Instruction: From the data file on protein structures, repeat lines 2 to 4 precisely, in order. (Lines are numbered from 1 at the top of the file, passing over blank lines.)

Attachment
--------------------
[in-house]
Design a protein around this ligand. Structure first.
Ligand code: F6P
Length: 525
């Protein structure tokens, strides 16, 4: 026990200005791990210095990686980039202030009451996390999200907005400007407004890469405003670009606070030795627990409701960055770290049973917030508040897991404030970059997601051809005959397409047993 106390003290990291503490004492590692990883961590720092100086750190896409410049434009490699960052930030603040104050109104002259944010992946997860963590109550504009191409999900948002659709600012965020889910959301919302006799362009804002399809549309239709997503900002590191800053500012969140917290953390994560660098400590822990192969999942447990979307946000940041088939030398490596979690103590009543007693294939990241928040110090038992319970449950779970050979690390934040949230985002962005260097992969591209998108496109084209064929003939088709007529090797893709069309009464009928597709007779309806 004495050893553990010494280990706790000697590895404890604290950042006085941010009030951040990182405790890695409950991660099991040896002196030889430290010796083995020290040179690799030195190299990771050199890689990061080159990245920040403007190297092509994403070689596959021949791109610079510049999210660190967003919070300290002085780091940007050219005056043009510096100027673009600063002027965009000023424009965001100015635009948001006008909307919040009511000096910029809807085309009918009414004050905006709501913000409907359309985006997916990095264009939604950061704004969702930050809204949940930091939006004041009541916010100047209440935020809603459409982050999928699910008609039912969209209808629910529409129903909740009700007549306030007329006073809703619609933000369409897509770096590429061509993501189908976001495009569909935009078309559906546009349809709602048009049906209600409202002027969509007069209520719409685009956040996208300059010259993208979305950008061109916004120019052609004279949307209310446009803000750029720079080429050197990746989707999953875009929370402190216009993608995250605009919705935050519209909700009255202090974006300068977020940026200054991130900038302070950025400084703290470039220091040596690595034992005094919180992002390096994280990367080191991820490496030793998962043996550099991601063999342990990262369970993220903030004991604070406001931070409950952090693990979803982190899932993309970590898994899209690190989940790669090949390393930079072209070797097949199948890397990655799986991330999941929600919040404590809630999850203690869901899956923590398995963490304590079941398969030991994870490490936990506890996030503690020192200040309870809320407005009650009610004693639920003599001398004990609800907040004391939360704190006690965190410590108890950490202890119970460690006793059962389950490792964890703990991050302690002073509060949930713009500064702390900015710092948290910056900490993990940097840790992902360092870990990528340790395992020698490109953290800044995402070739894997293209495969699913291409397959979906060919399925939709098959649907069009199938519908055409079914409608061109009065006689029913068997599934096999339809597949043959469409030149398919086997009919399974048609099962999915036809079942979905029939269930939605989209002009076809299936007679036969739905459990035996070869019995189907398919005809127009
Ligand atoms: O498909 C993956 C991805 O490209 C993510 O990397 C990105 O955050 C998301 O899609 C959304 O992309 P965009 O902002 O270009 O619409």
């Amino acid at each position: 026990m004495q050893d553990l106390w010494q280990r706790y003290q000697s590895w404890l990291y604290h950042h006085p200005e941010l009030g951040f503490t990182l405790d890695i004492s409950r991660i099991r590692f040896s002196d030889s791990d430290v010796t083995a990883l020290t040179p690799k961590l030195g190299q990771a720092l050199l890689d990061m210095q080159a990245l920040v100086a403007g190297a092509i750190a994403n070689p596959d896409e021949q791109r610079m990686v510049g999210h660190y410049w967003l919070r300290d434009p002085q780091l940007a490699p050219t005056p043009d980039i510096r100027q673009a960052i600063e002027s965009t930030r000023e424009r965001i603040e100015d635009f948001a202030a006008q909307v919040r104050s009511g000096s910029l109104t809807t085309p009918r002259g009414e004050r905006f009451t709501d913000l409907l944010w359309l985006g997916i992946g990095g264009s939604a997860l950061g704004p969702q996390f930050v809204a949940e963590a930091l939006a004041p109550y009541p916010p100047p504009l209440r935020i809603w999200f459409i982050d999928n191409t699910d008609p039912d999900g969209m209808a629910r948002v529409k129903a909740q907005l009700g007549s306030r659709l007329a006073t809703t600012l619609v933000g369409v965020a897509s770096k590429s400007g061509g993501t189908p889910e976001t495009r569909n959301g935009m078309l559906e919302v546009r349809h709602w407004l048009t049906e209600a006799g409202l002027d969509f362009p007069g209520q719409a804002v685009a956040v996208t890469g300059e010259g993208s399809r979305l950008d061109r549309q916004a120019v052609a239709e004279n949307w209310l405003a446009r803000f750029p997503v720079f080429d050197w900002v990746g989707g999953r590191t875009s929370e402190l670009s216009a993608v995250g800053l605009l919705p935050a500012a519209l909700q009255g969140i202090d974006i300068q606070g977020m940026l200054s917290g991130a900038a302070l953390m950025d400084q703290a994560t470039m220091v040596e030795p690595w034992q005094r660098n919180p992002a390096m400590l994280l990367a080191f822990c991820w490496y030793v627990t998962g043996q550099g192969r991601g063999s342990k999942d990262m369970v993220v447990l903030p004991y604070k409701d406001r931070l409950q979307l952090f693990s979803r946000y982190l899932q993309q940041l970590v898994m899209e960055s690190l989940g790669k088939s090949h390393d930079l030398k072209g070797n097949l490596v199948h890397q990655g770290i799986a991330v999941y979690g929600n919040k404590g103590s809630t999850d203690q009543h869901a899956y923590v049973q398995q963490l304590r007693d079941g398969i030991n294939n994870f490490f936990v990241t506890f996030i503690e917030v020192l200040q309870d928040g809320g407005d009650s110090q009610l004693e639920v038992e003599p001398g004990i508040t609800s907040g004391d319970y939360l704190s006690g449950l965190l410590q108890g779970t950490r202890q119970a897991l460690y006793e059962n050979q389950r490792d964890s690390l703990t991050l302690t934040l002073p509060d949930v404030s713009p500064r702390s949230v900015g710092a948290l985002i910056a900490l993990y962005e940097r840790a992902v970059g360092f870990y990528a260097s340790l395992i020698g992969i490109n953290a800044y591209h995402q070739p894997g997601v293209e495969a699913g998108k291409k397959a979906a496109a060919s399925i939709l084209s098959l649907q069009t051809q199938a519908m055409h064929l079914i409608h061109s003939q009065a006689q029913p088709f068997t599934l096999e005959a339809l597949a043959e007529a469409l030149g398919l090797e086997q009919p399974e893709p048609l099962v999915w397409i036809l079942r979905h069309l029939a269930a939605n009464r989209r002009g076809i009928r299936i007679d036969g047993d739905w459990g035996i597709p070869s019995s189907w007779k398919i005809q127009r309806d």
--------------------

Design a protein around this ligand. Structure first.
Ligand code: F6P
Length: 525